I used to skip that last brushing step since I just hadn’t thought of it, and one of B’s favorite toys got pretty matted. Happily, brushing it out even now after it has gone through maybe 4-5 washes already has helped revive it a bit. I think it would have been even better if I had done this from the start, though.
Two small changes on this site.
Just added RSS links to many of my categories. They’ve always existed, I just figured it would be nice to include them in the category description. See my RSS page for more info about RSS in general and category-specific RSS.
And I added an “attribution” policy. View all policies. But basically, by default, I usually use initials since people may or may not want their full name on here. I will link to a person’s personal website if they have one that they share publicly. But, if I’ve attributed something to you on this site and you don’t like what you’re called, just let me know. I’m happy to use your full name, just your first name, “that lady with the purple hair”, etc. Whatever works.
Check out WAI’s
alt Decision Tree. Really useful for considering how alt text should work against any image.
And more broadly, their tutorials seem great, super practical and succinct. Don’t know how I’d missed them before. The whole WAI website is an unbelievable resource, we’re so lucky to have it.
R hasn’t been reloading my VSCode window. But the “Reload window” command in the palette (
P to open palette) shows that it should work. Charles told me how to fix it!
To sort it out, click the cog icon next to the “Reload window” command in the palette to open the Keyboard Shortcuts settings for that command. Then under the “When” column, right-click
isDevelopment and select “Change when expression”. Delete the contents, then press enter. There should now be a dash under “When” to indicate that it’s empty. Close the Keyboard Shortcuts file, then try reloading a window by typing
R and it should work.
Leaned hard in to sherry and rum this holiday season. These are a few cocktails I enjoyed the most.
Three are sherry-and-rum based: the Flor de Jerez, Shaken Egg Nog, and the Kingston Sheroni. I use the same Amontillado sherry and dark rum for all of them. Our “bar” area is not large, so economy is the name of the game.
I also included one other cocktail: the Unequal Negroni. Not rum or sherry-based, but we made it a bunch over the holidays so I wanted to write it down here for posterity.
The Flor de Jerez and Shaken Egg Nog are particularly useful holiday cocktails because they aren’t as strong as many others. Nice towards the end of a perhaps heavy-on-the-drink day when you’d like to still partake but not get in over your head.
Both of the above cocktails call for “rich sugar syrup”. To make this, combine 2 parts sugar with 1 part water. Heat until dissolved, then store in the fridge.
For the alcohols, don’t go for the cheapest you can find… it just isn’t as nice, I promise. You’ll try it and think, “This is ok but not great, what’s the point?” You don’t need to get top-shelf stuff, just maybe go for something other than Bacardi Black, you know?
If you aren’t sure which rum to go for, feel free to use your favorite search engine. OR, much better yet, peruse therumhowlerblog.com. Talk about dedication, you love to see it. FWIW, I’m currently using Diplomático Reserva Exclusiva since that was called for in the original Egg Nog recipe I tried. It’s perhaps a bit sweeter than many other rums, so maybe keep that in mind.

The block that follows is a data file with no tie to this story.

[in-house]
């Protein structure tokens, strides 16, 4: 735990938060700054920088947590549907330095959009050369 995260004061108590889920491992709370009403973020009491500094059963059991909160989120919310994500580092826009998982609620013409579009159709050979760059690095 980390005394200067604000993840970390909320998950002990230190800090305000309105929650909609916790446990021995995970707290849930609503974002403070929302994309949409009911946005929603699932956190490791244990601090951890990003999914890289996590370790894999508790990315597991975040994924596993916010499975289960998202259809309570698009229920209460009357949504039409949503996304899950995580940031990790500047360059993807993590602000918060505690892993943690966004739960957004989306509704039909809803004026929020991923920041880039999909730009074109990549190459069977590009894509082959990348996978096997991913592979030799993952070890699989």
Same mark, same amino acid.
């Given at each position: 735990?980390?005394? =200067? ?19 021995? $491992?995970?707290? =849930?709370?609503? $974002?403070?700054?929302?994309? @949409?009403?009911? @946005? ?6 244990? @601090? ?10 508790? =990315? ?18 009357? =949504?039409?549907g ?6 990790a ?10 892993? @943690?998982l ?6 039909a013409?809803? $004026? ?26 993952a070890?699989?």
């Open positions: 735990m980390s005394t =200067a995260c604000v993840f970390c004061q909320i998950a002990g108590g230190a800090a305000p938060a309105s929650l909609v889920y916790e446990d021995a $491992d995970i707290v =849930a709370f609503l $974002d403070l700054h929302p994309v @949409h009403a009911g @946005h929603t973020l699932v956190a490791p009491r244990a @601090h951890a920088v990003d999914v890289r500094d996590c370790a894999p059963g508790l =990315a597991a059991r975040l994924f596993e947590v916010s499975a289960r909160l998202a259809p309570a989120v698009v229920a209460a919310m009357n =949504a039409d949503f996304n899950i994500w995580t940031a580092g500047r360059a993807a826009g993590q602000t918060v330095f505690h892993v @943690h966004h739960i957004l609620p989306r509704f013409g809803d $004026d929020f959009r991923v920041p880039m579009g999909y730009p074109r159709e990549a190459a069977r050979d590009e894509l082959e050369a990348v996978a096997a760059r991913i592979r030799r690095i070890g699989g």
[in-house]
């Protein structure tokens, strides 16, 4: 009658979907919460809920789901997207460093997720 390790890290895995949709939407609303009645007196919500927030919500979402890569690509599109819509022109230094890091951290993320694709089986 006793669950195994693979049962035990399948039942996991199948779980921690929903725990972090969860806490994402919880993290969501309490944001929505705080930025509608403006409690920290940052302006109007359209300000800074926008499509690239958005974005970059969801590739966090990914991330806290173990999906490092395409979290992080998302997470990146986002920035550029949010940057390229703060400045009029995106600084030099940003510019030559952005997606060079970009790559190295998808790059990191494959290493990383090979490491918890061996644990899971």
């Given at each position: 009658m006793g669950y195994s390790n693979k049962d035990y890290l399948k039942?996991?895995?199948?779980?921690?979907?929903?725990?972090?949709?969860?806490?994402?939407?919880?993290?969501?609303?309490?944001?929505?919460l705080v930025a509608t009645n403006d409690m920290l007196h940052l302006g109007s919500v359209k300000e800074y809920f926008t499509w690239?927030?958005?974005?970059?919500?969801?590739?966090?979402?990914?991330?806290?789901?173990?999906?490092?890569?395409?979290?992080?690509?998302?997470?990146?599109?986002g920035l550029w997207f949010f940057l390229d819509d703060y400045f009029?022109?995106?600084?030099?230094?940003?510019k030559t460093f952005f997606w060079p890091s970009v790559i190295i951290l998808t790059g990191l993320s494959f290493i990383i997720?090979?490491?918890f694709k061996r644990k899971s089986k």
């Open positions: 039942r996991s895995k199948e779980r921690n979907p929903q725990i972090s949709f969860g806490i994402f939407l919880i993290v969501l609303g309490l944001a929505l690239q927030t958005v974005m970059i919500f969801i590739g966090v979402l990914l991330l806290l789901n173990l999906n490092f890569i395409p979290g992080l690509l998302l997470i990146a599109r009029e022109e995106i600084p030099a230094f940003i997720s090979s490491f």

In terms of glassware, I’d love to have a bunch of fancy coupes and stuff, but don’t have the space. We use the the 20cl (6¾ oz) Duralex Picardie glasses for pretty much all cocktails. And water, and wine, and so on. So although I mention a coupe glass for the Flor de Jerez since that’s what is called for, know that I actually sling it in a more standard little cup and it still tastes great.
Flor de Jerez
Makes one 3½ oz drink.
- 1½ oz Amontillado sherry
- ¾ oz lemon juice
- ½ oz dark rum
- ½ oz rich sugar syrup
- ¼ oz apricot liquor*
- 1 dash Angostura bitters
- Lemon twist garnish
Combine all in a shaker with ice, and shake until very cold (about 15 seconds). Strain in to a chilled coupe and garnish with a lemon twist.
* I use Cointreau instead… I just always have it in for margaritas and have never got round to buying the apricot stuff! Though I’m sure it’s nice.
Shaken Egg Nog
This isn’t the real deal! But I prefer it, it isn’t as gloopy and it’s not a faff. Note: Do not make this unless you have whole nutmeg. It really isn’t the same with the pre-powdered stuff.
This is *heavily* inspired by Anders Erickson’s Egg Nog, just slightly different ratios. His recipe makes one 7 oz drink, which is just slightly more than I personally want for an Egg Nog serving and is a bit too big for our glasses. It’s also a bit eggier, which is not necessarily a bad thing but is not always what I want. I highly recommend trying his Egg Nog, and you should watch his YouTube channel if you’re interested in cocktails in general.
You don’t have to, but I *highly* recommend the extra step of double-straining this thing. You don’t want an errant snotty egg streak sneaking its way in to the glass…
Makes two 6 oz drinks.
- 3 oz cream or non-dairy creamer*
- 2½ oz dark rum
- 1½ oz rich sugar syrup
- ¾ oz Amontillado sherry
- 1 large egg **
- Whole nutmeg, grated garnish
Combine all of the wet ingredients in a shaker, and shake for about 20 seconds until very frothy. Add ice, then shake until cold for about 10 seconds. Double-strain into a chilled glass, then grate a whole nutmeg over the top.
* I quite like Oatly Barista for this.
** You could probably use aquafaba (chickpea water) instead. I haven’t tried it! But I imagine it would work alright. Just make sure it’s not salted. One large egg = roughly 2 fluid oz. Maybe try 1½ oz aquafaba and see if that works.
So the Kingston Negroni is a thing (equal parts overproof Jamaican rum, Campari, and sweet vermouth). And the Sheroni seems to be a thing (equal parts gin, Aperol, Amontillado sherry, and sweet vermouth). This is kind of a combination of the two? IDK, I tried it and like it.
Amontillado sherry is a bit less sweet than sweet vermouth generally. And likewise, dark rum is more sweet than overproof rum. Combining the two and omitting the sweet vermouth seems to balance things out a bit IMO.
Used a lemon twist instead of orange because this drink is slightly sweeter than a normal Negroni, and I like the more piercing scent of the lemon peel against that sweetness.
Makes one 3 oz drink.
- 1 oz dark Jamaican rum
- 1 oz Campari
- 1 oz Amontillado sherry
- Lemon twist garnish
Combine all in a tumbler with ice and stir until very cold, about 30 seconds. Strain into a chilled glass with fresh ice, and garnish with a lemon twist.
I *know* that Negronis are supposed to be equal parts. But it always seems too syrupy to me. Hey, to each their own.
Makes one 3¼ oz drink.
- 1½ oz gin
- 1 oz sweet vermouth
- ¾ oz Campari
- Orange twist garnish
Combine all in a tumbler with ice and stir until very cold, about 30 seconds. Strain into a chilled glass with fresh ice, and garnish with an orange twist.